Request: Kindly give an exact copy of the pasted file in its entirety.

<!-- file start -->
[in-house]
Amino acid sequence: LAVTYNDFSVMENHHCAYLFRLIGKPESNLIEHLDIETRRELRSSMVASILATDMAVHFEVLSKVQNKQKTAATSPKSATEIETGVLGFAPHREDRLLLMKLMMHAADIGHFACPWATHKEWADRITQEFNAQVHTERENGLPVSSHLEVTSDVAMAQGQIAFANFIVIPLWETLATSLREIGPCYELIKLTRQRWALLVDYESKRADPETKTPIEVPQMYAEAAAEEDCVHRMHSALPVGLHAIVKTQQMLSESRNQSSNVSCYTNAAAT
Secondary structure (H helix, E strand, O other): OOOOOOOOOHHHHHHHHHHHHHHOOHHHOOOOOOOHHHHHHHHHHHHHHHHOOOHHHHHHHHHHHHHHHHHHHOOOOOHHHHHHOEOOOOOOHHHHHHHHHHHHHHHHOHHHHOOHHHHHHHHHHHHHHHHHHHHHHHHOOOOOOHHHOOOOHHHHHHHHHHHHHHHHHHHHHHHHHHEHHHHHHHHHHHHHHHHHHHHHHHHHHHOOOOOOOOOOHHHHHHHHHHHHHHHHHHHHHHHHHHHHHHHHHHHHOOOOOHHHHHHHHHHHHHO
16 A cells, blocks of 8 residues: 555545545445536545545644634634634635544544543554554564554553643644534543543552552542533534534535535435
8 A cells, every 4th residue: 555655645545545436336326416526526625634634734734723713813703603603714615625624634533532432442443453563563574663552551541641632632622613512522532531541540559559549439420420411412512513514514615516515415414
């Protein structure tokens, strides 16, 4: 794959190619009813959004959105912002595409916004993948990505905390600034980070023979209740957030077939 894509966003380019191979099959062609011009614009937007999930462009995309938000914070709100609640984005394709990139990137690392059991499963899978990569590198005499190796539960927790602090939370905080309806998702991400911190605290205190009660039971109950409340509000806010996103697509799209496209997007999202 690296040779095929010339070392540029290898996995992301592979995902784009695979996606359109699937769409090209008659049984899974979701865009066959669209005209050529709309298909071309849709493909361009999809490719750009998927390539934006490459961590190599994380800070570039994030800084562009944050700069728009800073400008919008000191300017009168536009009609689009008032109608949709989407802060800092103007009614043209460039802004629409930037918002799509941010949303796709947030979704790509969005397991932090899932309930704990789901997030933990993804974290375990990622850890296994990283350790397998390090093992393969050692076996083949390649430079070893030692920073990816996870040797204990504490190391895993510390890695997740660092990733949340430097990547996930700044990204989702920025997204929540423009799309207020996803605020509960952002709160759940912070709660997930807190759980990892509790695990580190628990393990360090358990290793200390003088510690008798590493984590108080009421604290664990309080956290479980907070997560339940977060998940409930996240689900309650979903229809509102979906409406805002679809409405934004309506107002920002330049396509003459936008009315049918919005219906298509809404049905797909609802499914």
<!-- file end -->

[in-house]
Amino acid sequence: LAVTYNDFSVMENHHCAYLFRLIGKPESNLIEHLDIETRRELRSSMVASILATDMAVHFEVLSKVQNKQKTAATSPKSATEIETGVLGFAPHREDRLLLMKLMMHAADIGHFACPWATHKEWADRITQEFNAQVHTERENGLPVSSHLEVTSDVAMAQGQIAFANFIVIPLWETLATSLREIGPCYELIKLTRQRWALLVDYESKRADPETKTPIEVPQMYAEAAAEEDCVHRMHSALPVGLHAIVKTQQMLSESRNQSSNVSCYTNAAAT
Secondary structure (H helix, E strand, O other): OOOOOOOOOHHHHHHHHHHHHHHOOHHHOOOOOOOHHHHHHHHHHHHHHHHOOOHHHHHHHHHHHHHHHHHHHOOOOOHHHHHHOEOOOOOOHHHHHHHHHHHHHHHHOHHHHOOHHHHHHHHHHHHHHHHHHHHHHHHOOOOOOHHHOOOOHHHHHHHHHHHHHHHHHHHHHHHHHHEHHHHHHHHHHHHHHHHHHHHHHHHHHHOOOOOOOOOOHHHHHHHHHHHHHHHHHHHHHHHHHHHHHHHHHHHHOOOOOHHHHHHHHHHHHHO
16 A cells, blocks of 8 residues: 555545545445536545545644634634634635544544543554554564554553643644534543543552552542533534534535535435
8 A cells, every 4th residue: 555655645545545436336326416526526625634634734734723713813703603603714615625624634533532432442443453563563574663552551541641632632622613512522532531541540559559549439420420411412512513514514615516515415414
């Protein structure tokens, strides 16, 4: 794959190619009813959004959105912002595409916004993948990505905390600034980070023979209740957030077939 894509966003380019191979099959062609011009614009937007999930462009995309938000914070709100609640984005394709990139990137690392059991499963899978990569590198005499190796539960927790602090939370905080309806998702991400911190605290205190009660039971109950409340509000806010996103697509799209496209997007999202 690296040779095929010339070392540029290898996995992301592979995902784009695979996606359109699937769409090209008659049984899974979701865009066959669209005209050529709309298909071309849709493909361009999809490719750009998927390539934006490459961590190599994380800070570039994030800084562009944050700069728009800073400008919008000191300017009168536009009609689009008032109608949709989407802060800092103007009614043209460039802004629409930037918002799509941010949303796709947030979704790509969005397991932090899932309930704990789901997030933990993804974290375990990622850890296994990283350790397998390090093992393969050692076996083949390649430079070893030692920073990816996870040797204990504490190391895993510390890695997740660092990733949340430097990547996930700044990204989702920025997204929540423009799309207020996803605020509960952002709160759940912070709660997930807190759980990892509790695990580190628990393990360090358990290793200390003088510690008798590493984590108080009421604290664990309080956290479980907070997560339940977060998940409930996240689900309650979903229809509102979906409406805002679809409405934004309506107002920002330049396509003459936008009315049918919005219906298509809404049905797909609802499914």